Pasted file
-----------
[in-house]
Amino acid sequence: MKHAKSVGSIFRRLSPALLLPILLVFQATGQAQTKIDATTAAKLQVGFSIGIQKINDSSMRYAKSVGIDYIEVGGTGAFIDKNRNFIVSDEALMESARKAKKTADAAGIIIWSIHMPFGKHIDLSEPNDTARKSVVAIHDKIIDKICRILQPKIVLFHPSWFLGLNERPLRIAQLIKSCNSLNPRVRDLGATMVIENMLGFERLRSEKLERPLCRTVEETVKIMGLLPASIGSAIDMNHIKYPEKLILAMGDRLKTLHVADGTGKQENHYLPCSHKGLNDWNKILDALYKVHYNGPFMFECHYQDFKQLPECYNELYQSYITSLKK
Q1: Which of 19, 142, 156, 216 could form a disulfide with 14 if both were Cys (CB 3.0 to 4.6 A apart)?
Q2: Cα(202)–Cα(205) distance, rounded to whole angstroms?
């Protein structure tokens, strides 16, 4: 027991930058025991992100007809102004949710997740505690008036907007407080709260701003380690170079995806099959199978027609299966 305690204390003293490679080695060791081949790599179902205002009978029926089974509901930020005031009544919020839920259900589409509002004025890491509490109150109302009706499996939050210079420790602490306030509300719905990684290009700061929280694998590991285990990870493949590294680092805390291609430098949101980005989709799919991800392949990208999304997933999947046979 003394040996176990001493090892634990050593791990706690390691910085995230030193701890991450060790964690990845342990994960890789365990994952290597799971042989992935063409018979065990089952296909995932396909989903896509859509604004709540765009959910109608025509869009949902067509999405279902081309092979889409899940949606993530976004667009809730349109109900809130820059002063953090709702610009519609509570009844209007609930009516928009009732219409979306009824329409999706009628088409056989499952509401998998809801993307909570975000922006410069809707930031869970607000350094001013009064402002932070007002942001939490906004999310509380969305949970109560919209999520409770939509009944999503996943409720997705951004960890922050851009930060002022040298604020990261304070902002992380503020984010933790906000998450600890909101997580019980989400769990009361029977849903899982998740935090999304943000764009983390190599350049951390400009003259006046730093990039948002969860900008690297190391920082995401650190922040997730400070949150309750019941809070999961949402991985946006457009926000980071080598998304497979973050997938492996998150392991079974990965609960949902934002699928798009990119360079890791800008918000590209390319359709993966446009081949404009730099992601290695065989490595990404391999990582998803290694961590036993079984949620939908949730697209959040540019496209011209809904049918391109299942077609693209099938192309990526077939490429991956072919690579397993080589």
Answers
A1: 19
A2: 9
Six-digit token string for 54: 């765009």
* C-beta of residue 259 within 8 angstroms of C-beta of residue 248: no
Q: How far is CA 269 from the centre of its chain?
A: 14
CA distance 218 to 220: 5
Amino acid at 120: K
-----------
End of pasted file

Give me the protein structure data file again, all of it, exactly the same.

[in-house]
Amino acid sequence: MKHAKSVGSIFRRLSPALLLPILLVFQATGQAQTKIDATTAAKLQVGFSIGIQKINDSSMRYAKSVGIDYIEVGGTGAFIDKNRNFIVSDEALMESARKAKKTADAAGIIIWSIHMPFGKHIDLSEPNDTARKSVVAIHDKIIDKICRILQPKIVLFHPSWFLGLNERPLRIAQLIKSCNSLNPRVRDLGATMVIENMLGFERLRSEKLERPLCRTVEETVKIMGLLPASIGSAIDMNHIKYPEKLILAMGDRLKTLHVADGTGKQENHYLPCSHKGLNDWNKILDALYKVHYNGPFMFECHYQDFKQLPECYNELYQSYITSLKK
Q1: Which of 19, 142, 156, 216 could form a disulfide with 14 if both were Cys (CB 3.0 to 4.6 A apart)?
Q2: Cα(202)–Cα(205) distance, rounded to whole angstroms?
């Protein structure tokens, strides 16, 4: 027991930058025991992100007809102004949710997740505690008036907007407080709260701003380690170079995806099959199978027609299966 305690204390003293490679080695060791081949790599179902205002009978029926089974509901930020005031009544919020839920259900589409509002004025890491509490109150109302009706499996939050210079420790602490306030509300719905990684290009700061929280694998590991285990990870493949590294680092805390291609430098949101980005989709799919991800392949990208999304997933999947046979 003394040996176990001493090892634990050593791990706690390691910085995230030193701890991450060790964690990845342990994960890789365990994952290597799971042989992935063409018979065990089952296909995932396909989903896509859509604004709540765009959910109608025509869009949902067509999405279902081309092979889409899940949606993530976004667009809730349109109900809130820059002063953090709702610009519609509570009844209007609930009516928009009732219409979306009824329409999706009628088409056989499952509401998998809801993307909570975000922006410069809707930031869970607000350094001013009064402002932070007002942001939490906004999310509380969305949970109560919209999520409770939509009944999503996943409720997705951004960890922050851009930060002022040298604020990261304070902002992380503020984010933790906000998450600890909101997580019980989400769990009361029977849903899982998740935090999304943000764009983390190599350049951390400009003259006046730093990039948002969860900008690297190391920082995401650190922040997730400070949150309750019941809070999961949402991985946006457009926000980071080598998304497979973050997938492996998150392991079974990965609960949902934002699928798009990119360079890791800008918000590209390319359709993966446009081949404009730099992601290695065989490595990404391999990582998803290694961590036993079984949620939908949730697209959040540019496209011209809904049918391109299942077609693209099938192309990526077939490429991956072919690579397993080589």
Answers
A1: 19
A2: 9
Six-digit token string for 54: 């765009």
* C-beta of residue 259 within 8 angstroms of C-beta of residue 248: no
Q: How far is CA 269 from the centre of its chain?
A: 14
CA distance 218 to 220: 5
Amino acid at 120: K